Some 50 different cookers and eaters were on display to taste and buy, representing a mere half of the varieties grown in the nearby Stow Hall Garden.
“We have a big apple day at the orchard in the walled garden every two years, but this is the first time we’ve had a smaller event at Church Farm,” said the Stow Estate Trust’s Lady Rose Hare, who spends a lot of time working in the two-acre garden.
“People are often surprised at the number of varieties but apple growing is a world of its own and I’ve become more and more interested as the years have gone by. We are in contact with apple experts who have made graftings from our original trees which I wholeheartedly support. Old trees are still being discovered – even ones that were thought to be extinct.”
As well as sampling the fruit and sipping freshly-pressed apple juice, visitors were also fascinated to learn a little of the history behind the varieties and it was noted the entire stock of St Edmund’s, a type of russet, were sold to make apple pies for the harvest supper at St Edmund’s Church, Downham. Quite a few St Magdalen apples were bought by a woman who used to live in the village of the same name.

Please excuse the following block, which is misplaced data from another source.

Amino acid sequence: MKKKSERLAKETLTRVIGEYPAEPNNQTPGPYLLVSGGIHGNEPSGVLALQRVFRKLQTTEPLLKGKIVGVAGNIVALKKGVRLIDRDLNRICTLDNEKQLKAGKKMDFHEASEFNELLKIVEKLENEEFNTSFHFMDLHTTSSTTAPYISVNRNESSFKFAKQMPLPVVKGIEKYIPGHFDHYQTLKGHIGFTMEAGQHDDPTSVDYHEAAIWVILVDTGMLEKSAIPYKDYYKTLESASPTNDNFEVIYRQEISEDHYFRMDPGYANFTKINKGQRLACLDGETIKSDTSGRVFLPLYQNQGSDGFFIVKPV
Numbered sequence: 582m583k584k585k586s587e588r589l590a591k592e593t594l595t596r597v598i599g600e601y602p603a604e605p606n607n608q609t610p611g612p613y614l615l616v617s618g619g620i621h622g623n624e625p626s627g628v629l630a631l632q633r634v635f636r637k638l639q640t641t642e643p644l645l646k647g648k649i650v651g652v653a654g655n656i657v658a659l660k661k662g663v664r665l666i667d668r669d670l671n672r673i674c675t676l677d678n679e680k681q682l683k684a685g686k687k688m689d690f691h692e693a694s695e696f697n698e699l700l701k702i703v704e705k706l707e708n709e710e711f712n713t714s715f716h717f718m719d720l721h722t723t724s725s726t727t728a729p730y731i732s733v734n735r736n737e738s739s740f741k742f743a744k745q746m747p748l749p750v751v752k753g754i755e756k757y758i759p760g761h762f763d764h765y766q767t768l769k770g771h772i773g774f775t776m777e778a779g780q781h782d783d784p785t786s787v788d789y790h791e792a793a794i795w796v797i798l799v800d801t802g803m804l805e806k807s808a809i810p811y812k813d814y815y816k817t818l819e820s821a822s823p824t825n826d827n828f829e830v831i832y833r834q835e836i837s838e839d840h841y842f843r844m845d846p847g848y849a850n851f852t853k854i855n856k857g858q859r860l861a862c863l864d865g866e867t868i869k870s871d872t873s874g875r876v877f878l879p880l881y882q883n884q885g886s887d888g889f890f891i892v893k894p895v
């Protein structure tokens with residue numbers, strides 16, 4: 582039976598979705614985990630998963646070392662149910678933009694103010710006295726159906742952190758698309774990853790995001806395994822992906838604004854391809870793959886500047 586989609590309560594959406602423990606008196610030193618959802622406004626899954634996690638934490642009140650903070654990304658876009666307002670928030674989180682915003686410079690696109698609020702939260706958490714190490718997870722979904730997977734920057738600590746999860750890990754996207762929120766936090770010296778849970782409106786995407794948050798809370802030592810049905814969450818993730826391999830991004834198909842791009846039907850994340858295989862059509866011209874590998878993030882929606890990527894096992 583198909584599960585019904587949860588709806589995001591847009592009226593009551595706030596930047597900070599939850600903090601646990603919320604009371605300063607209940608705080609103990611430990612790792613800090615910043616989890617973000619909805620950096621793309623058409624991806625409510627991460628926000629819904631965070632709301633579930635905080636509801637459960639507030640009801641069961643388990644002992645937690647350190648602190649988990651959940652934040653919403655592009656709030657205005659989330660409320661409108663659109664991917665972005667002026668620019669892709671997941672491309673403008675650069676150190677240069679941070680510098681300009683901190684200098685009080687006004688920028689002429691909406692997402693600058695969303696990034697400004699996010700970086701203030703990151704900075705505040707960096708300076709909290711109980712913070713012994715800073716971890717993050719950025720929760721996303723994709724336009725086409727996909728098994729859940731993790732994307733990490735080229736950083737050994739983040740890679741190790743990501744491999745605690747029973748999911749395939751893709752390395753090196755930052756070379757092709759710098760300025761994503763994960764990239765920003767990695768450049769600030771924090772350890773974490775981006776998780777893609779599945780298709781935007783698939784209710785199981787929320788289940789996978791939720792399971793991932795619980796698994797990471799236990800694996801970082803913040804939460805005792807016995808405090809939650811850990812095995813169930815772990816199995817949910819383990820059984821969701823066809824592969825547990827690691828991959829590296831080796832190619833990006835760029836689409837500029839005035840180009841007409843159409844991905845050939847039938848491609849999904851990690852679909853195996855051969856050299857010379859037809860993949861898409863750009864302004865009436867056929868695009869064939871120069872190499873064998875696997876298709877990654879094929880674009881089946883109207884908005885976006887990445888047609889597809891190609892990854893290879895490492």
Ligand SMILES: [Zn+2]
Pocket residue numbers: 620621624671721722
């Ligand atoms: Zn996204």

“The original tree was grown from a pip and found on a rubbish tip in the village, and many apples are named after churches and villages in the area,” said Lady Hare whose personal favourite is the pip Pitmaston pine apple, described as “small delicious and quite aromatic”.
The weekend raised more than £500 for The Holy Trinity Church pew fund and there are plans for a similar event in two years’ time.
Meanwhile the next Stow Hall Garden Apple Day will be on Sunday, October 6, 2013.
Head gardener Justin Gary at the apple tasting weekend.